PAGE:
Friday, July 3, 2009

Madoff the God of Plunder

Daniel Bruno Sanz

by Daniel Bruno Sanz

A prodigy euphonium player and member of the United States Army Band stationed at Fort Myer, Virginia, befriended me and I was invited to workshops, rehearsals and concerts. I became a protégé of "Pershing's own" United States Army Band and "the President's own" Marine Corps Band. I became one of the best amateur tuba players in the country before I was legally old enough to drive and then got my very own horn: an affordable B&S rotary valve CC tuba handcrafted, ironically, in East Germany.

Convinced that the Army Band was my future, I practiced and performed regularly, and within a few years, learned the bass line to the score of hundreds of military marches, symphonic tone poems, overtures and symphonies. Works like the Planets by Gustav Holst, the Procession of the Sardar, John Philip Sousa's the Washington Post March and the Rakutsky March from the Damnation of Faust by Hector Berlioz. These were the tunes that filled my ears and my favorite composers were those who had written prolifically for my instrument: Wagner, Tchaikovsky, Strauss and Sousa.

At the age of fifteen, I bought a five-dollar, obstructed view ticket to see the National Symphony Orchestra matinee performance of Das Rheingold, Wagner's four hour introduction to the Ring Cycle. I was unfamiliar with Wagner's operas and the German mythology and history surrounding them. With a few exceptions such as the Prelude to Act Three of Lohingrin, which I had performed, his works were too long, expensive and complicated for all except the most determined orchestra companies. Students and amateurs didn't even attempt them. In the RingCycle, Das Rheingold is followed by Die Walküre (The Valkyrie), Siegfried and Götterdämmerung (Twilight of the Gods). These four operas make up the epic fifteen-hour Ring of the Nibelung, intended to be performed over four days.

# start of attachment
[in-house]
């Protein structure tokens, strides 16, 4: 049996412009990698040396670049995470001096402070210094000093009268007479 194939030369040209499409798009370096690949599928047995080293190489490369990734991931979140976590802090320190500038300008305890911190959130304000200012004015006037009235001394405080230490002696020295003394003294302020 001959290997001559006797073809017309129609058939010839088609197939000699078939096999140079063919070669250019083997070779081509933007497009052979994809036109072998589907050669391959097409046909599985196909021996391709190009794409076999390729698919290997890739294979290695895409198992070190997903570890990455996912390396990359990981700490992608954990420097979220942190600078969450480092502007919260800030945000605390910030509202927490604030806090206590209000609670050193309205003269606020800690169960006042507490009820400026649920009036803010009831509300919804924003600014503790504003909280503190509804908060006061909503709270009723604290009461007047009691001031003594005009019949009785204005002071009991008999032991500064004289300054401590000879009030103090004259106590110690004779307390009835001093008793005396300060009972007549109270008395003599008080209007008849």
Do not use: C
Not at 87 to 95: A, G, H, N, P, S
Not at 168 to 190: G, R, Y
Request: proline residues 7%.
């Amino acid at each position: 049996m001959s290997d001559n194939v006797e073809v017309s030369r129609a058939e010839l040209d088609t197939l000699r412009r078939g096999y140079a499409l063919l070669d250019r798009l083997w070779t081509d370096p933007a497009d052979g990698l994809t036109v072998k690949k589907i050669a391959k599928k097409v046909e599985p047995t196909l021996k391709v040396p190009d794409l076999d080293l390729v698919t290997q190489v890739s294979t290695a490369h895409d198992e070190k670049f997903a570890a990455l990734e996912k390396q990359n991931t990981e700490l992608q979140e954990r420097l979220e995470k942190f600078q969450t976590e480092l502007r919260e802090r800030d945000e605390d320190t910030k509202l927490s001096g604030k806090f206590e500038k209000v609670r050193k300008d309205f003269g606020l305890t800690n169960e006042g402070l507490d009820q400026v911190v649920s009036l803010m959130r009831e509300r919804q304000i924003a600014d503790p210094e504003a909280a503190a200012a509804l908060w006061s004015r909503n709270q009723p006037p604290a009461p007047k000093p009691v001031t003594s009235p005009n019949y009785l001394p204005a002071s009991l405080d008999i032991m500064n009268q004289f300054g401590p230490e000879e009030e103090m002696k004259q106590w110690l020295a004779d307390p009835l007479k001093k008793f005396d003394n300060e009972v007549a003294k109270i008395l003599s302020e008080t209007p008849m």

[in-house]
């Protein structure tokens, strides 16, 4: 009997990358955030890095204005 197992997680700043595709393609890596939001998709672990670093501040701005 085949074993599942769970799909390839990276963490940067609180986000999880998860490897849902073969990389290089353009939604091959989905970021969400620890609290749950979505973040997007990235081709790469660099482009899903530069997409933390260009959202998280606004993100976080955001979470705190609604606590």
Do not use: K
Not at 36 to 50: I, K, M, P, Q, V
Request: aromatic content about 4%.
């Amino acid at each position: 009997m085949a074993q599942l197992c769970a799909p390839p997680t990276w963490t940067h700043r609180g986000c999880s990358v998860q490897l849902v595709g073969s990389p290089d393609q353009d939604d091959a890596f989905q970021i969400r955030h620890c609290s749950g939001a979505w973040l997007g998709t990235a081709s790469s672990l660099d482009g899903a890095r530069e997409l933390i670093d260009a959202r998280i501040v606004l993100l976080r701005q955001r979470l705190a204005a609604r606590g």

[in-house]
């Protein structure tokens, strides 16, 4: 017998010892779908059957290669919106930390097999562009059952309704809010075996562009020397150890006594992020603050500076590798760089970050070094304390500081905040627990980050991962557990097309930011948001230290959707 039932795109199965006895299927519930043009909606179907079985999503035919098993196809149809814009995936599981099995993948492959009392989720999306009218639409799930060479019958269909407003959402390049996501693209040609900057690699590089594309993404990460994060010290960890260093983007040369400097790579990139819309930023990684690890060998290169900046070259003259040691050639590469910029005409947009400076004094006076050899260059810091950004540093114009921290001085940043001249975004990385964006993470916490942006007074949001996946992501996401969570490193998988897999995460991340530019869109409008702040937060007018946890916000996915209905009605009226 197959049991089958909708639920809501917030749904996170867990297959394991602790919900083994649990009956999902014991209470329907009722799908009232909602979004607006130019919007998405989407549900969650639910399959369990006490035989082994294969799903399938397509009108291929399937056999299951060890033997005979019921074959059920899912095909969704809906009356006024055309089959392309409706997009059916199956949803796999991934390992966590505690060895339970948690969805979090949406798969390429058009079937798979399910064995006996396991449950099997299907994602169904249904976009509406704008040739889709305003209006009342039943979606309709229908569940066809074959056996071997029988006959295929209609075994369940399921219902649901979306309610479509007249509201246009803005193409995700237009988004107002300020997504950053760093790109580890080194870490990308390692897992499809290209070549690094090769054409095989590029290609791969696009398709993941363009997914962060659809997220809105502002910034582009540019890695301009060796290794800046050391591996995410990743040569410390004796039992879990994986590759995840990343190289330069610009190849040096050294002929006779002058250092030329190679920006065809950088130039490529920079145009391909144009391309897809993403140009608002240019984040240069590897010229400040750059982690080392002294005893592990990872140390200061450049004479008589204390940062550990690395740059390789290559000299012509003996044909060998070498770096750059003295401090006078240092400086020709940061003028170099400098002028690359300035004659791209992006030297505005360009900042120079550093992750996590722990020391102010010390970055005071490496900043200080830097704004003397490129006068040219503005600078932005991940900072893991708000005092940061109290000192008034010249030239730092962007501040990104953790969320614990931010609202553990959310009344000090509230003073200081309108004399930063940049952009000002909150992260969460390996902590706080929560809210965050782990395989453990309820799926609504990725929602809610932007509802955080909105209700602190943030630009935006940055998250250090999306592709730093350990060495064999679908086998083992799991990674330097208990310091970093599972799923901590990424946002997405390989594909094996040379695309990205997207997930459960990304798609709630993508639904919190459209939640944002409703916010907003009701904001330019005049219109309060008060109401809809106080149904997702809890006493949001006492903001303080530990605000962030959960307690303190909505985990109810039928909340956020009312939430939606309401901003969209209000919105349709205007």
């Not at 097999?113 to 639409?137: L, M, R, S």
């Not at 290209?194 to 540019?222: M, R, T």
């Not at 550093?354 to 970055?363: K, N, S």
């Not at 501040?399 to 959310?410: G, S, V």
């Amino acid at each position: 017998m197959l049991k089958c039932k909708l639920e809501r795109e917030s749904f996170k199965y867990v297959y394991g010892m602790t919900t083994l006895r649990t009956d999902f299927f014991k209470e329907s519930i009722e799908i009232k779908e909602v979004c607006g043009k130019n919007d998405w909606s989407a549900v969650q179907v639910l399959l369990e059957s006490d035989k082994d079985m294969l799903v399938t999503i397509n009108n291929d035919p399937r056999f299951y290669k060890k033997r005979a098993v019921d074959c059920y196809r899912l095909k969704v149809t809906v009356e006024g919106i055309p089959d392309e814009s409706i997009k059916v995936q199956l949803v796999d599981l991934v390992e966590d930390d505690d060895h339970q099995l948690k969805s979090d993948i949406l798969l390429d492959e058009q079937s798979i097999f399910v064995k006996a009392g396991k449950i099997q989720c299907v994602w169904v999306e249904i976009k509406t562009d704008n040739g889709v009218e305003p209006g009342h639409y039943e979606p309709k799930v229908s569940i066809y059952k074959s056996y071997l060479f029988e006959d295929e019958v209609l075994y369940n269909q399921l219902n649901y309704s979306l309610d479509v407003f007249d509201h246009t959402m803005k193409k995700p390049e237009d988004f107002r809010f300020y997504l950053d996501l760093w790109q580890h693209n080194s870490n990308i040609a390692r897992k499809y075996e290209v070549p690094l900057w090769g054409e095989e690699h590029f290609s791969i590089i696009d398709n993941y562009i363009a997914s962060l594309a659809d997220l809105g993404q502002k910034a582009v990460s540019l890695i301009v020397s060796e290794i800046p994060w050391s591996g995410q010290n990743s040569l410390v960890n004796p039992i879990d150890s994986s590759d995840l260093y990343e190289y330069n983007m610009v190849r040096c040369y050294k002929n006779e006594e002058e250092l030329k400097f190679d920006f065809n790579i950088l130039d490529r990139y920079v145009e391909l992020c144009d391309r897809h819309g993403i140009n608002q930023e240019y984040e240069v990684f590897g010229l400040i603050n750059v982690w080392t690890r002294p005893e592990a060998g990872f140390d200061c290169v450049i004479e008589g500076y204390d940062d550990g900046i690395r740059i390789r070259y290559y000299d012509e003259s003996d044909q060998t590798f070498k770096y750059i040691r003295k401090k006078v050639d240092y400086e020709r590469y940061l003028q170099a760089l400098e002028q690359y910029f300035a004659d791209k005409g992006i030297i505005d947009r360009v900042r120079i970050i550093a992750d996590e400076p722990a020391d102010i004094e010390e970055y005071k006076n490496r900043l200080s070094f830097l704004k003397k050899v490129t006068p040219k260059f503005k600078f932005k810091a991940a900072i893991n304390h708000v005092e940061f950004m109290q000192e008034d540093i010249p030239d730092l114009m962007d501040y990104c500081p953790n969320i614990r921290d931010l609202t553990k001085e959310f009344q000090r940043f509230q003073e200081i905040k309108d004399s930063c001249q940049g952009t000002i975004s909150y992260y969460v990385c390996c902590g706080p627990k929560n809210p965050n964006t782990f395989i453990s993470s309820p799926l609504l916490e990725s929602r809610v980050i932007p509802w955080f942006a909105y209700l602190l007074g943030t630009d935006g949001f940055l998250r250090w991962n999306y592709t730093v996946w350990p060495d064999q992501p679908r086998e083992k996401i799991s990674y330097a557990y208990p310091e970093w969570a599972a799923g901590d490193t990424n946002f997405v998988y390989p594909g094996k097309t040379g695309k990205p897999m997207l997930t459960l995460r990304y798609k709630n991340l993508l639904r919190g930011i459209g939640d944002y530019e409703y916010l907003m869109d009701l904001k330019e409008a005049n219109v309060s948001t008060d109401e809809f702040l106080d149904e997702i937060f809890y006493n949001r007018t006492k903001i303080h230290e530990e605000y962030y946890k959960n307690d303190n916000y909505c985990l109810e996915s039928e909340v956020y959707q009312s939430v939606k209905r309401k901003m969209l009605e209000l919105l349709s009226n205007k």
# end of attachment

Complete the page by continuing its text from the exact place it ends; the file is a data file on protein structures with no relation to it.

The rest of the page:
When composers wanted to speak loudly and deliver a forceful message, they chose my instrument to express themselves. Instead of counting hundreds of rest bars while sweet violins serenaded the listener, I was kept busy projecting baselines and even melodies. Certain composers repeatedly call on the tuba to deliver their message. Stars and Stripes Forever, Tchaikovsky's Fourth Symphony, Slavianka's Farewell and the incomparable Preobrazhensky March stir powerful emotions in an audience.

The Preobrazhensky March, first performed on Red Square for Peter the Great, was the last music Generalissimo Stalin's troops heard on the night of November 7, 1941, before they were sent to meet their doom against Hitler's invincible Wehrmacht. They smashed it to bits on the outskirts of Moscow.

Then one day it hit me: the more nationalistic the composer, the more active my part. Claude Debussy didn't write for tuba, but Brahms sure did. So did Mahler. Wagner even designed a new tuba for the sole purpose of playing his operas. As unlikely as it may be, the tuba has lessons to teach about nationalism, militarism and geopolitics. Now, viewing Wagner's opera as a non-musician and member of the audience, it speaks to me about the leitmotif of avarice and Bernard Madoff.

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